Methods
Fifty-one patients (M/F: 25/26, mean age: 53.7 ± 8.2 years, mean glycated hemoglobin [HbA1c] 8.4 ± 1.2%) with T2DM inadequately controlled with metformin were randomized to add-on glibenclamide or acarbose for 16 weeks. Before and after combination therapy, the subjects underwent a 2-hour liquid mixed meal tolerance test to determine insulin secretion (HOMA-β, insulinogenic index, and disposition index [DI]) and insulin sensitivity (HOMA-IR and Matsuda insulin sensitivity index).
Results
At baseline, there was a significant inverse relationship between DI120 and HbA1c (p = 0.001) in all subjects. The addition of glibenclamide and acarbose improved HbA1c significantly from 8.6 ± 1.6% to 7.4 ± 1.2% (p < 0.001), and from 8.2 ± 0.8% to 7.5 ± 0.8% (p < 0.001), respectively. In the glibenclamide group, DI120 significantly increased from 51.2 ± 24.2 to 74.9 ± 41.9 (p < 0.05), and in the acarbose group, from 62.5 ± 31.4 to 91.7 ± 36.2 (p < 0.05), respectively. Multiple regression analyses showed that both baseline HbA1c and DI120 independently predicted reduction of HbA1c as well as final HbA1c after combination therapy.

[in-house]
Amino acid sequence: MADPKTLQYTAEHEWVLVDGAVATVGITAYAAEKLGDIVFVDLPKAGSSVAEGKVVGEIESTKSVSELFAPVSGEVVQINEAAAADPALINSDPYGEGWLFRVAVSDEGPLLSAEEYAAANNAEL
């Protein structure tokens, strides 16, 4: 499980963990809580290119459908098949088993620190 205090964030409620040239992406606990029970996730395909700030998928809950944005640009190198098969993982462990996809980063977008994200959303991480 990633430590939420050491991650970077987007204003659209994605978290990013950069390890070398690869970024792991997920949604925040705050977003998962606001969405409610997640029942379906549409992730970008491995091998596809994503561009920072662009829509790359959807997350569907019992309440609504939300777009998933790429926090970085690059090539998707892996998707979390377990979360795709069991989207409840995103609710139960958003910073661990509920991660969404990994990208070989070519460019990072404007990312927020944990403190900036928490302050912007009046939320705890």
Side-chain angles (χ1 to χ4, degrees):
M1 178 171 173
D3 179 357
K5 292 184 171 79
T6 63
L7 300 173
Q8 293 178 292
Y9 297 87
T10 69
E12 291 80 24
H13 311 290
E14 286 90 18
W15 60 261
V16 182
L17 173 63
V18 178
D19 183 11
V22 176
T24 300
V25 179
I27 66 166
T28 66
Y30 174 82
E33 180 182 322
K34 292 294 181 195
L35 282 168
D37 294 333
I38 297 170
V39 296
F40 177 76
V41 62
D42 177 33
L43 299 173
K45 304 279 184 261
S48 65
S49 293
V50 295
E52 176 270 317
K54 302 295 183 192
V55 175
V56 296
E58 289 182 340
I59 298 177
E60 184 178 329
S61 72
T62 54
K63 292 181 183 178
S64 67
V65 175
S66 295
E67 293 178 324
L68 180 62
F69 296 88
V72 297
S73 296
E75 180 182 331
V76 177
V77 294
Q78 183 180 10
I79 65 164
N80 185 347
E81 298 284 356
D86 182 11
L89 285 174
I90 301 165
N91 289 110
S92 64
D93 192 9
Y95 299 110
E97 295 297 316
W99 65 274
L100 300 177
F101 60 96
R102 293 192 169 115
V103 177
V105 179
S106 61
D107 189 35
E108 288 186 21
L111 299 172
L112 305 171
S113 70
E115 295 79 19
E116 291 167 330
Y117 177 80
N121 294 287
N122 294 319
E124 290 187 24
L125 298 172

Conclusions
In patients with T2DM inadequately controlled with metformin, add-on oral anti-diabetic agent with glibenclamide or acarbose resulted in the significant HbA1c reduction and improvement of β-cell function. Subjects with greater baseline β-cell function reserve displayed better glycemic response in the combination therapy of metformin with glibenclamide or acarbose.
Trial registration
This study was registered in the ClinicalTrials.gov with registration number of NCT00417729.
doi:10.1186/1758-5996-6-68
PMCID: PMC4057801  PMID: 24932223
Beta-cell function; Disposition index; Glycated hemoglobin; Glycemic control; Metformin